When a child opens a gift on Christmas, she might not know that the whole community came together to bring her some cheer. Around 440 children were served by the Astoria Knappa Wishing Tree Program this year and another 100 had family sponsorships
Almost everyone has seen the little yellow bells on trees in banks and businesses around Astoria and Knappa. Each bell represents a child in need of a gift for the holiday season. Volunteers, led by Denise Cleveland, work behind the scenes for program.
Request forms go home with children from school and are available at Clatsop Community Action (CCA) and Department of Human Services in early November. It is a need-based program, Cleveland says. Before Thanksgiving, the trees go up, so people can take advantage of the Black Friday sales.
Following the bell
Volunteers gather the request forms and create a bell for each child, listing his or her age, gender, request, clothes and shoe sizes. Requests range from something as simple as a blanket, to a high-flying drone.
Shannon Ross chose a couple of bells off the tree at the North Coast Fred Meyer. She has a teenage son and says, “I always try to pick an older girl and a boy. Everyone seems to choose the little kids.”
She likes the idea of strangers being able to help others. “It nice to teach kids to be generous and for kids to have access to fun stuff at Christmas.”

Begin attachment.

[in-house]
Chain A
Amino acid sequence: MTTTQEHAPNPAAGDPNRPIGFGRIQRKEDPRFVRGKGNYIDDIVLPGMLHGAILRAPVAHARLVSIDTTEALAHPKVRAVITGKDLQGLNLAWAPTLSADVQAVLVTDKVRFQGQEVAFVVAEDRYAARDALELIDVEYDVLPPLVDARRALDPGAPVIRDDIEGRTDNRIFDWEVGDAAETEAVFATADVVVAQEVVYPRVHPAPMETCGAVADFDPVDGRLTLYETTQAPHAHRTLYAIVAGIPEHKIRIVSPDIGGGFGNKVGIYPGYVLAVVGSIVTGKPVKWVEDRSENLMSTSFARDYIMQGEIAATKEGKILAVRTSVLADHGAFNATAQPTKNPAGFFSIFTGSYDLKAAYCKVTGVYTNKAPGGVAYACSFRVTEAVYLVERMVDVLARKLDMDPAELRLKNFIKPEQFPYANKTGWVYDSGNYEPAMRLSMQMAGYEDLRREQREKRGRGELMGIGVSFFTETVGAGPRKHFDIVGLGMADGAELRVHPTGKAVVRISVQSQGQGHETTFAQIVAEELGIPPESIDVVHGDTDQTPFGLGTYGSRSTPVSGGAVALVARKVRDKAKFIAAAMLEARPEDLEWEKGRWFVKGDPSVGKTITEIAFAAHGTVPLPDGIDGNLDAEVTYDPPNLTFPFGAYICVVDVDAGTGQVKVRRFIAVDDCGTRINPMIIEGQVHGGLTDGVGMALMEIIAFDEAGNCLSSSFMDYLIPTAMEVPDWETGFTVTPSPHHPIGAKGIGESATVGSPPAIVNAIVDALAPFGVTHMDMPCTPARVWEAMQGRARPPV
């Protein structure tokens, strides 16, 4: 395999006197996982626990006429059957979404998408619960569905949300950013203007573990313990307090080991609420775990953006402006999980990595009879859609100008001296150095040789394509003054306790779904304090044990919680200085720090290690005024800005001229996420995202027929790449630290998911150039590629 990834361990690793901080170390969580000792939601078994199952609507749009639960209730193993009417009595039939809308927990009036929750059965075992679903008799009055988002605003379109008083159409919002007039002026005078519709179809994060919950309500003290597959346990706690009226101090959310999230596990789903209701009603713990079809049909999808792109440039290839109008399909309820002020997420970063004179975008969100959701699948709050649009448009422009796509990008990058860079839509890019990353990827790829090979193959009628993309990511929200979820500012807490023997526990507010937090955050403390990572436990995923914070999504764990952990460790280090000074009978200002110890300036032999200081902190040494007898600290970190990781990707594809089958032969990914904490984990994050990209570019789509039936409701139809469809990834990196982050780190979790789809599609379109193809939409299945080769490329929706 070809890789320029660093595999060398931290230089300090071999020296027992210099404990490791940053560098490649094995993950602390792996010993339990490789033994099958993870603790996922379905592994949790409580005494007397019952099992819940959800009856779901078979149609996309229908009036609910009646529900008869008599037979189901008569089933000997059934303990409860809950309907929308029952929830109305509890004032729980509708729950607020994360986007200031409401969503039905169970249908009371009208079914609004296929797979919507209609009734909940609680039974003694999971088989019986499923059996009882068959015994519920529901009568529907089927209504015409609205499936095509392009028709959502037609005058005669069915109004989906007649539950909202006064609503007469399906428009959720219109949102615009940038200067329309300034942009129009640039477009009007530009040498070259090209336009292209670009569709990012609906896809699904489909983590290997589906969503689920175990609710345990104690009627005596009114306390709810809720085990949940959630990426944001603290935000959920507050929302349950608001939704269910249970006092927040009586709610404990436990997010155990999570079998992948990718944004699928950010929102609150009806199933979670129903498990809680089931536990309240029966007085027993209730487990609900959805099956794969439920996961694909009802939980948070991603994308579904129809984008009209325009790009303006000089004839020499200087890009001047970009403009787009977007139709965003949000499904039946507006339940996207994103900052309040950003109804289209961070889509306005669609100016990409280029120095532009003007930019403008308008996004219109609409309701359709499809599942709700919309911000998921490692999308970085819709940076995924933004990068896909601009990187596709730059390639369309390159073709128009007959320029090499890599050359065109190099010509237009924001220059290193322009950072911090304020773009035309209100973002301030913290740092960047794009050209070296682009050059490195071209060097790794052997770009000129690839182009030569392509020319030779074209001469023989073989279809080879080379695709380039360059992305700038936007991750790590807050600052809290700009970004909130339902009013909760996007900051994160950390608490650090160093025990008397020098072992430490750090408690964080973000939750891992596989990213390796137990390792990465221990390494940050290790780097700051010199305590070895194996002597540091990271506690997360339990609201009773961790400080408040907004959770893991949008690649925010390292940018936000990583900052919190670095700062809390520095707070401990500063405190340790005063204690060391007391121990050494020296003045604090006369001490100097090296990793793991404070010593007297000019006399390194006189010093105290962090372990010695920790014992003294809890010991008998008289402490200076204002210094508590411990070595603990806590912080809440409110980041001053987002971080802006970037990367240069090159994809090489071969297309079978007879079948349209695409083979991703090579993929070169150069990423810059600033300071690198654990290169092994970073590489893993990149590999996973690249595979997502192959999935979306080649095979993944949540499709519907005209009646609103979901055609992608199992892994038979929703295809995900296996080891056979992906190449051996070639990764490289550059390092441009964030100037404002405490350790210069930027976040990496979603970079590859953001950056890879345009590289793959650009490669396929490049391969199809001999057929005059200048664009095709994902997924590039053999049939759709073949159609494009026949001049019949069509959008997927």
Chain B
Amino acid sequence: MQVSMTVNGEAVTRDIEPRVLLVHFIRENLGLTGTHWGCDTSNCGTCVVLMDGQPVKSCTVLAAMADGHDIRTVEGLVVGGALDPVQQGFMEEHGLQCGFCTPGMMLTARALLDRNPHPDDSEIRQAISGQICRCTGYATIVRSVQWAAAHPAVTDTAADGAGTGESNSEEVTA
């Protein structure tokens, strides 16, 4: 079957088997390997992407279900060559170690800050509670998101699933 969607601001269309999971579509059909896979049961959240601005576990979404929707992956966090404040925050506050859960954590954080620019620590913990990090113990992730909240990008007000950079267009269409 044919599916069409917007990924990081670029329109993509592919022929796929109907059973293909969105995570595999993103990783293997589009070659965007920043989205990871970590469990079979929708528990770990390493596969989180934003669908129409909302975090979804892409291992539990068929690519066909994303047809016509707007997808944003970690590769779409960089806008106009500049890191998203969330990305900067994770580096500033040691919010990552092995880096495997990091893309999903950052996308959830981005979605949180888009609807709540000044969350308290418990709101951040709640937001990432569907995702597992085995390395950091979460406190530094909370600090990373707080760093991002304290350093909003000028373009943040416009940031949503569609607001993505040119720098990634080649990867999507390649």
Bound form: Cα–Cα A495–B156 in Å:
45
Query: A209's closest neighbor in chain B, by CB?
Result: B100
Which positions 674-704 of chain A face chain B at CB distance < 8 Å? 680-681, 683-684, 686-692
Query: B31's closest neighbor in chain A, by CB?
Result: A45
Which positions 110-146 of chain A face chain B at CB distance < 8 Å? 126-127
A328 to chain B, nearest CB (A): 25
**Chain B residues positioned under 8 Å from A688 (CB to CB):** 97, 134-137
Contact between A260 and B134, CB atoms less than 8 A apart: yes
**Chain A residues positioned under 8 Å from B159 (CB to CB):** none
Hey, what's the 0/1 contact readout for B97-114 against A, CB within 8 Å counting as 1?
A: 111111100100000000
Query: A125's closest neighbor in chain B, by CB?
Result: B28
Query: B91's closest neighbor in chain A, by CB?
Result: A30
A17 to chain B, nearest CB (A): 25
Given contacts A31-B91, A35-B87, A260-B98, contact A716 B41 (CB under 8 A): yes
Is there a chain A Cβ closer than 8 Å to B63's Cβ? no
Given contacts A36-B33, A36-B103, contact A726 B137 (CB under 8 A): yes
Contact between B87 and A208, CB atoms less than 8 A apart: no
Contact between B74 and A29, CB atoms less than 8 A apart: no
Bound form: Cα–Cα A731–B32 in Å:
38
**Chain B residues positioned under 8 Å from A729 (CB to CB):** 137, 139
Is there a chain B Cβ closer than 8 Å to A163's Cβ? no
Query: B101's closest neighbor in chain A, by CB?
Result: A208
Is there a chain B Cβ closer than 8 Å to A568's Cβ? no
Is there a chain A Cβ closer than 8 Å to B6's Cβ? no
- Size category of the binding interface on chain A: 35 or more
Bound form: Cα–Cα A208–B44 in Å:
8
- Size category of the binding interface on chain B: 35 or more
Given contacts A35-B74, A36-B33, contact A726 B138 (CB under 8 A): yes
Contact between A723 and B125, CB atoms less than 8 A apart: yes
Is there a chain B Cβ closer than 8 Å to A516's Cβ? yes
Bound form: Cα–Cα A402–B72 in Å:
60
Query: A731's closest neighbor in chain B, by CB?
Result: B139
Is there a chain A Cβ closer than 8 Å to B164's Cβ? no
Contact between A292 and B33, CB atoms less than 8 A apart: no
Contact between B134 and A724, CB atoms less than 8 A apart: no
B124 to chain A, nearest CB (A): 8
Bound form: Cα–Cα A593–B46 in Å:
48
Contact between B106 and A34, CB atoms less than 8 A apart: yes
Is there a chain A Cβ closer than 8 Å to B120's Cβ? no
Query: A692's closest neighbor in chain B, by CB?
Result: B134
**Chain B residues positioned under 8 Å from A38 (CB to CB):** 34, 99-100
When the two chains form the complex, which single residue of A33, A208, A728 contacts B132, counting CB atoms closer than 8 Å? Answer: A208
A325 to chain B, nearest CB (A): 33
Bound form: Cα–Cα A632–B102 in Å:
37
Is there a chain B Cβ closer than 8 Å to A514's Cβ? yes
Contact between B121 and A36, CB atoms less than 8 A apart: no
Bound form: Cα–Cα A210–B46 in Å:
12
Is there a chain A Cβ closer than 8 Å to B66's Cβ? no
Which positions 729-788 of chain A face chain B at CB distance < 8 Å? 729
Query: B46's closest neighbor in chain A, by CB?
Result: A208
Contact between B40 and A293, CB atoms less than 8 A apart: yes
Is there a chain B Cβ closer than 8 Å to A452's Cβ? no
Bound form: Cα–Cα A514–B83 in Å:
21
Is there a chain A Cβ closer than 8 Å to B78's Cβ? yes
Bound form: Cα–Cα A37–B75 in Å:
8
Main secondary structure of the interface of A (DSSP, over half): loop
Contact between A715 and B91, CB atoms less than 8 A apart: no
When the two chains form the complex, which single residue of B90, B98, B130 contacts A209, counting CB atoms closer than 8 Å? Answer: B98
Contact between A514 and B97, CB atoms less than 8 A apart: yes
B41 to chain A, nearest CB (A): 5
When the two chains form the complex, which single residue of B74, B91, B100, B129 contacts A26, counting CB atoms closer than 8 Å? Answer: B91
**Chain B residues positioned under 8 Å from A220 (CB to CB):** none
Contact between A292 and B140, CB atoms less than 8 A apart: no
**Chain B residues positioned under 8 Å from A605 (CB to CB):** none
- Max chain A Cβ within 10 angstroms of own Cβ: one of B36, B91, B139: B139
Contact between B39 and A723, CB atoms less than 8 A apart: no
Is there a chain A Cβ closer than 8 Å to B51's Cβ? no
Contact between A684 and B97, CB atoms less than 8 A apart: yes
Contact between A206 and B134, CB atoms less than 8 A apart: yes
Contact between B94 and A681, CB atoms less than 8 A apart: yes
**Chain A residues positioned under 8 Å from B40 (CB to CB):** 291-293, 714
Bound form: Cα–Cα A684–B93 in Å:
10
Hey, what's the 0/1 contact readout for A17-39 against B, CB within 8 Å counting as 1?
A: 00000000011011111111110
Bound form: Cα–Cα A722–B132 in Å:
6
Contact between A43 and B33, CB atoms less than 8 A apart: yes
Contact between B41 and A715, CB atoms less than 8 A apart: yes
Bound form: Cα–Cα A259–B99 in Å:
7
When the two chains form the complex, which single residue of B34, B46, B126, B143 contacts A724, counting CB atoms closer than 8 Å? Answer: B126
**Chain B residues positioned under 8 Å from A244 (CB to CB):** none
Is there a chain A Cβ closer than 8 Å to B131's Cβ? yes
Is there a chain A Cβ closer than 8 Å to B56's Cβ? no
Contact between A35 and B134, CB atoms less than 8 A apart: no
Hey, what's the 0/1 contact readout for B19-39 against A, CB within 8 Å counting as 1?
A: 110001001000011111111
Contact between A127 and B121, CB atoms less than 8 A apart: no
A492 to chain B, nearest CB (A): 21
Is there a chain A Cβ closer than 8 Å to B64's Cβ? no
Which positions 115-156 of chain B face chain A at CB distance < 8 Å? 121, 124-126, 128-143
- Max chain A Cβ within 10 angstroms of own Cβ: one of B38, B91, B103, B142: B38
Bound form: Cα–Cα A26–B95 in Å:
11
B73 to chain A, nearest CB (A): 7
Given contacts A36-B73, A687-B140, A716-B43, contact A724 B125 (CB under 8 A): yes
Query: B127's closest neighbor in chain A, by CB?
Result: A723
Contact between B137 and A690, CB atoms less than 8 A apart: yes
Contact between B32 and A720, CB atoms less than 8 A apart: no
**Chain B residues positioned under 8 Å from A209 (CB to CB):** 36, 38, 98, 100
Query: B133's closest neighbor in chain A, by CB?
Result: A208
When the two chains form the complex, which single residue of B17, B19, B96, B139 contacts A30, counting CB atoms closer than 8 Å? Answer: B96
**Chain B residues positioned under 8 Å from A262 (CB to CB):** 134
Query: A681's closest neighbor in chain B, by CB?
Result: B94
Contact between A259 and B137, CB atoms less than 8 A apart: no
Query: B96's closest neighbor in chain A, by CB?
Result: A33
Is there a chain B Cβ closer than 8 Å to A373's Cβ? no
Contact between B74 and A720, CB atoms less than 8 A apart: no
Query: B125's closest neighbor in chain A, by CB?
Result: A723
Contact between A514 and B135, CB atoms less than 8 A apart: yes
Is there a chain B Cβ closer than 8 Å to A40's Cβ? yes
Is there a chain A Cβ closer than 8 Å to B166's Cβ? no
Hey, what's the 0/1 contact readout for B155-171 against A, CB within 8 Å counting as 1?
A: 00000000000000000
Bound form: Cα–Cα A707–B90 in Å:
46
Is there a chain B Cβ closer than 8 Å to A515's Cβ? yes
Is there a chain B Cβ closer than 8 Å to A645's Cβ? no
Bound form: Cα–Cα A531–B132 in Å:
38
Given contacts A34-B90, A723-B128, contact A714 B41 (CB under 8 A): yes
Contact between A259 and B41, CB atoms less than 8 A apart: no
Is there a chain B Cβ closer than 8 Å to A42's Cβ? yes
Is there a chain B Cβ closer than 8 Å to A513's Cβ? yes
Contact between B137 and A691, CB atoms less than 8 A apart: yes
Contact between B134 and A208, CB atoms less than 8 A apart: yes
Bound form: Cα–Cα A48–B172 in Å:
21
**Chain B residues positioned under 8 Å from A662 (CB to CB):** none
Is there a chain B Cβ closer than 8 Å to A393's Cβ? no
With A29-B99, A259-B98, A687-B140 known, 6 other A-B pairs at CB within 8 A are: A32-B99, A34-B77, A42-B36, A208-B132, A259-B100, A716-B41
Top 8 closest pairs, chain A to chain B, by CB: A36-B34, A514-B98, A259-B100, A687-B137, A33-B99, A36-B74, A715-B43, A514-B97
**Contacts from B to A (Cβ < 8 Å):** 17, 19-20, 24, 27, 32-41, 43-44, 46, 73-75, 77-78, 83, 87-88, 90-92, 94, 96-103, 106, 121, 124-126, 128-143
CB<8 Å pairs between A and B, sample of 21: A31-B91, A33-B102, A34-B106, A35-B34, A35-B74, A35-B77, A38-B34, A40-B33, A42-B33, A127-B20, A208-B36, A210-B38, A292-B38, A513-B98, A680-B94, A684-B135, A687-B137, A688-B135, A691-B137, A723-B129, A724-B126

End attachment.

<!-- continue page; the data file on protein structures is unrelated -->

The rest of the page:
Unwrapped gifts are left under the Wishing Tree, where volunteers pick up the packages and deliver them to the fairgrounds.
Geri Fick and Kathy Sasso, along with others, have organized tables so each child has a number that corresponds to the Wishing Bell. Gifts are grouped by family. When the bell is returned to the fairgrounds, volunteers can set gifts on the assigned tables
This year, Sasso created a database, so when someone walked in with baby clothes, she easily found the families who had a child the right age for the gifts.
“This is a good team,” says Fick. “It is nice to have one chief, but the whole community is involved. Lots of businesses and organizations contribute and volunteer. Twenty people from Rotary brought gifts. Businesses combined to sponsor 65 kids. Others sponsor entire families.”
This year, 75 to 80 percent of the bells were returned in time for delivery Dec. 19. “That is a great return,” says Cleveland.
There are plenty of donations to supplement areas that might be a little sparse. Because of the generosity of the community, all the families will have something for the holidays.
On pickup day, bikes line one wall. Donations from a clothes drive by the Astoria School District classified union are available. The gifts from the wishing trees are hidden in black plastic garbage bags. Air National Guardsmen line up with shopping carts to load gifts and assist people outside.
“This is an awesome tradition,” Guardsman Wayne Doyle says.
After many, many hours of volunteer work, Fick says, “This is very gratifying. This is the payoff.”
Community steps up for kids